In researching Arches National Park for our 2021 Utah road trip, we kept seeing notifications and alerts about the incredible night skies. Turns out, stargazing in Arches National Park is one of the most popular activities (and one we’d highly recommend you add to your itinerary!)
In 2019, Arches National Park was designated an International Dark Sky Park by the International Dark Sky Association. That means stargazing in Arches is among some of the best spots in the world, and the park takes active steps to limit light pollution that reduces night sky quality.
During our April road trip, we stayed in the park two evenings for sunset and then waited for the opportunity to test our night sky photography skills. While we’d like to say we had bragging rights to some great night photos in Arches, we’re still honing our skills in that department.
Either way, we had a chance to experience the dizzying views of the Milky Way and the quiet stillness of nighttime in the park. Today we’re posting our guide to great parking spots for stargazing in Arches National Park.
The 5 Best Places for Star Gazing in Arches National Park
#1 - Panorama Point
One of the first spots we stopped for stargazing was Panorama Point. Located in the heart of the park between Balanced Rock and the turn-off for Delicate Arch, sometimes this overlook and picnic area can get passed up. However, it’s one of the common spots to see night sky photographers set up and where stargazing ranger programs are often held.
Perks of this spot: Plenty of parking, good expansive views in all directions, and far enough from the main park road to avoid the light pollution from passing traffic.
Directions: From the park entrance, travel on the main park road for 10.1 miles. The turn off for the point is on the right with a large loop parking area.
#2 - Balanced Rock Parking Area
Balanced Rock is one of the most iconic photos in all of Arches National Park. It’s also a great spot for stargazing. The immediate parking area for Balanced Rock doesn’t have a ton of parking spots and has a lot of headlights passing by. But there’s a much larger picnic area across the main park road (turn-off for Willow Flats) that has ample parking and avoids the headlights. Check out this spot for a great sunset followed by some incredible stargazing.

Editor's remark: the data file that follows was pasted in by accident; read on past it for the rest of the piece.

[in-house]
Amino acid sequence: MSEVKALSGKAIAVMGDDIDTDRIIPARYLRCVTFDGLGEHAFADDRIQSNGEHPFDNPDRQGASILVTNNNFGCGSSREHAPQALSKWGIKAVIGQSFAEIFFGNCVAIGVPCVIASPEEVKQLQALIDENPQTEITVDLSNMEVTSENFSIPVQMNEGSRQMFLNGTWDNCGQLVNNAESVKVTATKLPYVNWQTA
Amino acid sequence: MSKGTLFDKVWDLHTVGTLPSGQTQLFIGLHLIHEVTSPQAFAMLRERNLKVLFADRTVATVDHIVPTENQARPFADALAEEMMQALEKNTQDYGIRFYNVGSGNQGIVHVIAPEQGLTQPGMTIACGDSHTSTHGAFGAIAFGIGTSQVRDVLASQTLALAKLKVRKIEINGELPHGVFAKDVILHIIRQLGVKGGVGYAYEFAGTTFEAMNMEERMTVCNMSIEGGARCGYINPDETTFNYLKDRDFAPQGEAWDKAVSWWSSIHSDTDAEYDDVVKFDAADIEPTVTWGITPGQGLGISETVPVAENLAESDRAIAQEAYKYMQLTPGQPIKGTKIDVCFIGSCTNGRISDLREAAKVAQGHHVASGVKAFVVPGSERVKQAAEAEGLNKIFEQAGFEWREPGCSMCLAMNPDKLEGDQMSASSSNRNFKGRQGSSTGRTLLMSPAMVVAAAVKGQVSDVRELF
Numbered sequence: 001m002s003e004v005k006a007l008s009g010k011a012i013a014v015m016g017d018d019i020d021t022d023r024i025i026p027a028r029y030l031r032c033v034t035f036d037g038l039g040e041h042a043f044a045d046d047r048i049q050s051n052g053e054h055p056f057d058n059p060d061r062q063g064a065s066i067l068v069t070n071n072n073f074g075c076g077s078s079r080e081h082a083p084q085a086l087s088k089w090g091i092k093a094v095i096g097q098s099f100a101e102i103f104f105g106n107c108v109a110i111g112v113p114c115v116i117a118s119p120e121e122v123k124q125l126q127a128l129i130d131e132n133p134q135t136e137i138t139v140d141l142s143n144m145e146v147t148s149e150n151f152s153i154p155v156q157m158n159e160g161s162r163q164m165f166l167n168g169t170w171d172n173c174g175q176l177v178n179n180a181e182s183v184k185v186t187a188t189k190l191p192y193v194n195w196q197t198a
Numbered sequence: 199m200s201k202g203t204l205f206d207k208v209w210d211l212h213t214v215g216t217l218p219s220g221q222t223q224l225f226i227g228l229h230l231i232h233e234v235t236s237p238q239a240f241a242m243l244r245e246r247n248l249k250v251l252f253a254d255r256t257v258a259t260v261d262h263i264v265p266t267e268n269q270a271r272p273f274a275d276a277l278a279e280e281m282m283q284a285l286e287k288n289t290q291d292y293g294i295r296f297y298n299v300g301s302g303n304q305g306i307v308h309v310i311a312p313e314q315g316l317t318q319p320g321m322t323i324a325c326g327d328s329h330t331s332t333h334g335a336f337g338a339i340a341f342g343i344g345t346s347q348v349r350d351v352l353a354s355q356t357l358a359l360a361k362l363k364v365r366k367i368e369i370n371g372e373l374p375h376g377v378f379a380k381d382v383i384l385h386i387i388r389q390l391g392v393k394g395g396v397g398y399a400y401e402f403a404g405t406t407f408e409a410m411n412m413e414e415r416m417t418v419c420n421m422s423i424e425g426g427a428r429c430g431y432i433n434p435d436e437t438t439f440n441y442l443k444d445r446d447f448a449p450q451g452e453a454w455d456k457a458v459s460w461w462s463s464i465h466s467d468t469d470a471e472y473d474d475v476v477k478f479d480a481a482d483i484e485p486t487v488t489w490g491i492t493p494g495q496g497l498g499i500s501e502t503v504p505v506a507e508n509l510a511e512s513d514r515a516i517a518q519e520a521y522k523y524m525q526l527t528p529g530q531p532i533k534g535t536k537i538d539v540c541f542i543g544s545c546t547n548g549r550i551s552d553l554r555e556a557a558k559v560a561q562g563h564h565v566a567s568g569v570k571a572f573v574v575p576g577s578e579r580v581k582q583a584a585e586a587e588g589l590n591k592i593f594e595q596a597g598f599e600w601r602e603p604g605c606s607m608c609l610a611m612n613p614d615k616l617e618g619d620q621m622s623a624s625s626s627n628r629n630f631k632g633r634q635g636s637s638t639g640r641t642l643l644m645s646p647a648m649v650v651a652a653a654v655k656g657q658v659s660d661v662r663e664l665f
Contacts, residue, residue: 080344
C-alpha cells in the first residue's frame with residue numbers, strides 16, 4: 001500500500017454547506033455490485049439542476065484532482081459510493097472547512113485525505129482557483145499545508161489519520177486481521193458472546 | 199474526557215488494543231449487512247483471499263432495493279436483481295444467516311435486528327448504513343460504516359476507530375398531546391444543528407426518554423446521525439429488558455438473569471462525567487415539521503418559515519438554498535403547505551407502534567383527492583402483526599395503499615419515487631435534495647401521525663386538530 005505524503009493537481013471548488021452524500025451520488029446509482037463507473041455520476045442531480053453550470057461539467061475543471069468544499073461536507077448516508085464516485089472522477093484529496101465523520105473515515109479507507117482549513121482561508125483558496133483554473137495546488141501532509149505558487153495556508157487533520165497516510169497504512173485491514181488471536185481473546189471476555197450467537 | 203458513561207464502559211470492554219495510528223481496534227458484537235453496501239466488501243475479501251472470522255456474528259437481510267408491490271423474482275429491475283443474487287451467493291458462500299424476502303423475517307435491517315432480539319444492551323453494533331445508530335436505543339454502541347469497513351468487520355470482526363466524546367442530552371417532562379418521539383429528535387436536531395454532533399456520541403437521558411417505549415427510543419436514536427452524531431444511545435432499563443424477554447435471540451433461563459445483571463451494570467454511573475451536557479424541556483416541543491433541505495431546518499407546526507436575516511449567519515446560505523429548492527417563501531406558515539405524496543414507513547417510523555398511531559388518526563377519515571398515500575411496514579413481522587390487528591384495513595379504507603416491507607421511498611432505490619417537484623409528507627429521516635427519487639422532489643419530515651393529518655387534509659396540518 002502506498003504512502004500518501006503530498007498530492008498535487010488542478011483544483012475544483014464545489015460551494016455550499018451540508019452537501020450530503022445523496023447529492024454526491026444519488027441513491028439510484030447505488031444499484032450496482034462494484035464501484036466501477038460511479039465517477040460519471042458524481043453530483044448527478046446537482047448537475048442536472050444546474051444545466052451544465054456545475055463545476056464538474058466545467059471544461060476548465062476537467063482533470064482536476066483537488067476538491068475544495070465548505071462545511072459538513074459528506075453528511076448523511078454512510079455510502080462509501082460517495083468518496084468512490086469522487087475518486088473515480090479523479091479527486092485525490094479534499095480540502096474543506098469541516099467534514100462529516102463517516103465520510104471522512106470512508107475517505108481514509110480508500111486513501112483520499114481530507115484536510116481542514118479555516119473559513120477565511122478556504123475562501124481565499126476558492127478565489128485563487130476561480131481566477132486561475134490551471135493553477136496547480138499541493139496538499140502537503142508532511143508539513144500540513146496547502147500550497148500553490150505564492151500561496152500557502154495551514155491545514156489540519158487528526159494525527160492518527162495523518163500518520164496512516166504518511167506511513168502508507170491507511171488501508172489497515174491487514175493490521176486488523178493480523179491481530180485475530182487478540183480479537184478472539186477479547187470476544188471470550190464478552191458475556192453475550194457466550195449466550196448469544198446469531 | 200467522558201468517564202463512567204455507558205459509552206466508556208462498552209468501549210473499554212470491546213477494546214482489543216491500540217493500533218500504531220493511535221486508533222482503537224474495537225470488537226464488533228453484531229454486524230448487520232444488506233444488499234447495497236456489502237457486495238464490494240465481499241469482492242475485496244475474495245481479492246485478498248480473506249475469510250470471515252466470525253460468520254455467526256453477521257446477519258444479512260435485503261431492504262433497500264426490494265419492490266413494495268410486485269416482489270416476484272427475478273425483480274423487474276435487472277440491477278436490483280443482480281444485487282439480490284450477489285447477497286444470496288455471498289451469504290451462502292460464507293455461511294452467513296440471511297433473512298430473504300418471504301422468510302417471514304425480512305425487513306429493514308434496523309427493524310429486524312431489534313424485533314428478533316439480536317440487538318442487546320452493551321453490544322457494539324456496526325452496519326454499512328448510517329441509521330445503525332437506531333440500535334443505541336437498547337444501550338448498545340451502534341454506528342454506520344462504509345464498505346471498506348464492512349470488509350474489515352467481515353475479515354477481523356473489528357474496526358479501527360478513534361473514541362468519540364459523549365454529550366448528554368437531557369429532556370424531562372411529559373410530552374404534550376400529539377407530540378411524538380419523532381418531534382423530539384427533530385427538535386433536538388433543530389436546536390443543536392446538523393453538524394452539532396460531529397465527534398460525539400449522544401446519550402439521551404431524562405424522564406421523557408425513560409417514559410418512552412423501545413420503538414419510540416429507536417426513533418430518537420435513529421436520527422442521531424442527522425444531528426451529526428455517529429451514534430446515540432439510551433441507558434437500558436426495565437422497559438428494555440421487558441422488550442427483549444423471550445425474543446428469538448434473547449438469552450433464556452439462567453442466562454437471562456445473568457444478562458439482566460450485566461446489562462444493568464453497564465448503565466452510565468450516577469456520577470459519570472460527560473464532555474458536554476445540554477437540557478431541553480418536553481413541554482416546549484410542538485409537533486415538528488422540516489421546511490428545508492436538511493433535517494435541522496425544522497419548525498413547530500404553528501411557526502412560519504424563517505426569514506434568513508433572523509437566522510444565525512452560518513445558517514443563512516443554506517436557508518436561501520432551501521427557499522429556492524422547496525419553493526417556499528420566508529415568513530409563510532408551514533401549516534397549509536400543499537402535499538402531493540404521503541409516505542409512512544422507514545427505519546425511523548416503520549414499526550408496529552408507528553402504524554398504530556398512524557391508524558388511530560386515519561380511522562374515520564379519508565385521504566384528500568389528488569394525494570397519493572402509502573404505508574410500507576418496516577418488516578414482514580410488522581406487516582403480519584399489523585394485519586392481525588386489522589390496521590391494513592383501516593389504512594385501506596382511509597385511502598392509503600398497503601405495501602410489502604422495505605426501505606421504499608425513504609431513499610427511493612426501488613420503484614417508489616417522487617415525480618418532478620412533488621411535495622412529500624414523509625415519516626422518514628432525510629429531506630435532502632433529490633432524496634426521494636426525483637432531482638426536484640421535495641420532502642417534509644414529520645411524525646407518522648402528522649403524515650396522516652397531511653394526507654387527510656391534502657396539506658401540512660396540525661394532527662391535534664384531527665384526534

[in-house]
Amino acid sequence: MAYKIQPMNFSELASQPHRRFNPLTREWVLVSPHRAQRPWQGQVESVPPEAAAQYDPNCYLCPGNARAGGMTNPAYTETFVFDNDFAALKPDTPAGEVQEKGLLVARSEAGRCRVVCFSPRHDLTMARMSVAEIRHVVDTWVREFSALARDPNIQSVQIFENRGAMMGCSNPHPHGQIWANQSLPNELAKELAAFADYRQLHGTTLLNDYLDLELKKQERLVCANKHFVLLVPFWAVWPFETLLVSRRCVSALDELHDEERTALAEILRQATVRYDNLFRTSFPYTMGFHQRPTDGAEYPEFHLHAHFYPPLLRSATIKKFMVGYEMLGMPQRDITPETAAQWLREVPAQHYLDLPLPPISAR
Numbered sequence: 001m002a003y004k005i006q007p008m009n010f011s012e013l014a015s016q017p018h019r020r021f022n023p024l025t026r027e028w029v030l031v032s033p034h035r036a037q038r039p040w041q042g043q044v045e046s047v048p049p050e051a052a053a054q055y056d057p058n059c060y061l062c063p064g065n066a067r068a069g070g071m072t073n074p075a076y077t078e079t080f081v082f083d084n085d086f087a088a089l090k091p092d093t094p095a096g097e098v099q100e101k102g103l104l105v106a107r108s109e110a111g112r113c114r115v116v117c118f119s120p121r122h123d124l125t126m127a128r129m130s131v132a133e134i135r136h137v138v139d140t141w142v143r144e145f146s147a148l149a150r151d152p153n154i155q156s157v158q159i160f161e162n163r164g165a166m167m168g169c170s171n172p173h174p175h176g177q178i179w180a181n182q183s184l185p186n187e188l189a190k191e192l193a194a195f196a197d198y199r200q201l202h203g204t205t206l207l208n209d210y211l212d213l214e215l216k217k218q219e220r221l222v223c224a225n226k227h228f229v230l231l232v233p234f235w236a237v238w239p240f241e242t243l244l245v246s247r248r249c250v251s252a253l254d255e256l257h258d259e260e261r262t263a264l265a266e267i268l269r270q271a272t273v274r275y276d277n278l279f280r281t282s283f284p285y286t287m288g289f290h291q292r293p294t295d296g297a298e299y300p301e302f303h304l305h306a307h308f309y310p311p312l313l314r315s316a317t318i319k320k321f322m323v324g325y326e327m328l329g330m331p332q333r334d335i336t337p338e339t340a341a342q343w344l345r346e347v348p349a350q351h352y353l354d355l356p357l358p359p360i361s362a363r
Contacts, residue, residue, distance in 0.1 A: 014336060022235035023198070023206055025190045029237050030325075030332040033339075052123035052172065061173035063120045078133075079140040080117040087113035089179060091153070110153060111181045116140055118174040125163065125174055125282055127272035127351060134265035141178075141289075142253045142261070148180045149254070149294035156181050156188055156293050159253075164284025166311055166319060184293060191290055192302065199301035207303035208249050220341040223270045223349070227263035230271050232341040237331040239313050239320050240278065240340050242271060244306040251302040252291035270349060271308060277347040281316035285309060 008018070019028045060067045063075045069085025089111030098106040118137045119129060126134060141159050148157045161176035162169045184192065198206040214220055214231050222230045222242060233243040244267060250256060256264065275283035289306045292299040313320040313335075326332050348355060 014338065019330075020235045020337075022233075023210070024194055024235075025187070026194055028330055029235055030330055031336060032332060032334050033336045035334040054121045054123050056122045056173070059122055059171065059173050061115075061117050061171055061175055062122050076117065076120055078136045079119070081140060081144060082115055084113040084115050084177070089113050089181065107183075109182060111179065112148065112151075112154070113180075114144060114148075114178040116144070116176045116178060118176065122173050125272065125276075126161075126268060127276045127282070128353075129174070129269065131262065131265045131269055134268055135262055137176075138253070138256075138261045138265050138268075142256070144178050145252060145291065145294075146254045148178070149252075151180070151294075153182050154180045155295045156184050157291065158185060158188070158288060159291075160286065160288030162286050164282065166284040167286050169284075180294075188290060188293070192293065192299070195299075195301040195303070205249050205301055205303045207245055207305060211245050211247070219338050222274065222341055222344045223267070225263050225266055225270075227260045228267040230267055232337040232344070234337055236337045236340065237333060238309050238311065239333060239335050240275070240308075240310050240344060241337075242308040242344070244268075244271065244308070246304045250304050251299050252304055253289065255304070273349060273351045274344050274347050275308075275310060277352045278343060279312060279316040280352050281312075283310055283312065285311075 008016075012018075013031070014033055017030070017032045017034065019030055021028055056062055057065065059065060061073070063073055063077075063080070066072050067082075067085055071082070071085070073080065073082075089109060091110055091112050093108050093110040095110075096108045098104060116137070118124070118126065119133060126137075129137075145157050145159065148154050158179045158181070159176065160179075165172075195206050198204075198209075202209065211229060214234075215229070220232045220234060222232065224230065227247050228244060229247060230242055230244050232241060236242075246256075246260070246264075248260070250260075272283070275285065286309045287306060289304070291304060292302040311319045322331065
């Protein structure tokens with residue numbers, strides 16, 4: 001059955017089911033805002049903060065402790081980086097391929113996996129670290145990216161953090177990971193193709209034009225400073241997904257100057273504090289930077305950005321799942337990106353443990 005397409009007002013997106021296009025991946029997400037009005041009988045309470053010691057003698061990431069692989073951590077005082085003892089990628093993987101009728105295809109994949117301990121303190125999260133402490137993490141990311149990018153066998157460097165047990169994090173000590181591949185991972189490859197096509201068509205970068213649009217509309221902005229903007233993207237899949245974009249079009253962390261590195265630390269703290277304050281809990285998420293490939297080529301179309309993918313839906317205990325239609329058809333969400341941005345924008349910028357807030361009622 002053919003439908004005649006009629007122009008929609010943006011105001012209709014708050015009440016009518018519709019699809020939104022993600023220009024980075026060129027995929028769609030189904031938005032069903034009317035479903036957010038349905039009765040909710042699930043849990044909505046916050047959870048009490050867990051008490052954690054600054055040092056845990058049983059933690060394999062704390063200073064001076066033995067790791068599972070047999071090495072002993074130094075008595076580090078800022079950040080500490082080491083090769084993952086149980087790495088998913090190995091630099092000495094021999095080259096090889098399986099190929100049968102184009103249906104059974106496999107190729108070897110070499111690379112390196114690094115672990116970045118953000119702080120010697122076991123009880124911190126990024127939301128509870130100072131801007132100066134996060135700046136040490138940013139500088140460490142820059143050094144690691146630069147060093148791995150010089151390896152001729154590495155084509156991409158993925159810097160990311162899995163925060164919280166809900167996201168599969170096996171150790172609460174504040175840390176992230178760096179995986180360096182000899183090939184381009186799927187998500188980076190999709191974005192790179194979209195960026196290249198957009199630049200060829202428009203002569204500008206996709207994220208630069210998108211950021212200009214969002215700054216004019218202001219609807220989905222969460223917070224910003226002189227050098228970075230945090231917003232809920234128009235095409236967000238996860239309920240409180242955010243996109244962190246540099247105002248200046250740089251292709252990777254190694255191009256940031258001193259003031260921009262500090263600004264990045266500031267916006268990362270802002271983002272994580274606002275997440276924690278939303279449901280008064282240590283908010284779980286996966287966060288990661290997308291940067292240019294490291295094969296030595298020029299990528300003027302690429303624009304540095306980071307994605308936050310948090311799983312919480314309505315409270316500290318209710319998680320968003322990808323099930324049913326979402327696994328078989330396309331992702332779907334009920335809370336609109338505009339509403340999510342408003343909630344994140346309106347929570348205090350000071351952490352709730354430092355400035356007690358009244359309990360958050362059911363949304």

Directions: From the visitor’s center entrance, follow the main park road for 8.8 miles. The Balanced Rock parking area is on the right of the road; turn off for Willow Flats on the left.
#3 - Devil's Garden Campground
If you’re lucky enough to snag camping reservations at Devil’s Garden Campground, the only campground in Arches National Park, you’re in for some extra-special star gazing. Save the driving in and out of the park and count the stars from the comfort of your campsite.
Directions: From the main park entrance, travel 16 miles on the main park road. Watch for the markers for Devil’s Garden Road. The turn off for the campground will be on the right before you reach the Devil’s Garden trailhead area.
#4 - The Windows Area
Although the Windows area is by far the most visited area of Arches National Park, after dark it’s a great spot to catch the stars. Far enough from the light pollution of Moab, but still closer to the park entrance, there’s plenty of parking at the Windows Area as well.
It’s one of the popular places for sunset as well, so arrive early and stay for night skies.
Directions: Follow the main park road roughly 9 miles in to the turn-off on the right side for Windows Road. Turn and drive an additional 2.4 miles to the trailhead parking areas. Parking is available for both the Windows and for Double Arch.
#5 - Garden of Eden/Owl Rock Viewpoint
If the parking areas at the Windows are full, consider stopping one overlook sooner on the Windows Road at the Garden of Eden Viewpoint. With fewer crowds and a slightly different vantage, you’ll be treated to a quieter stargazing experience. Be sure to pull out away from the traffic so you’re not bothered by the headlights passing on the road.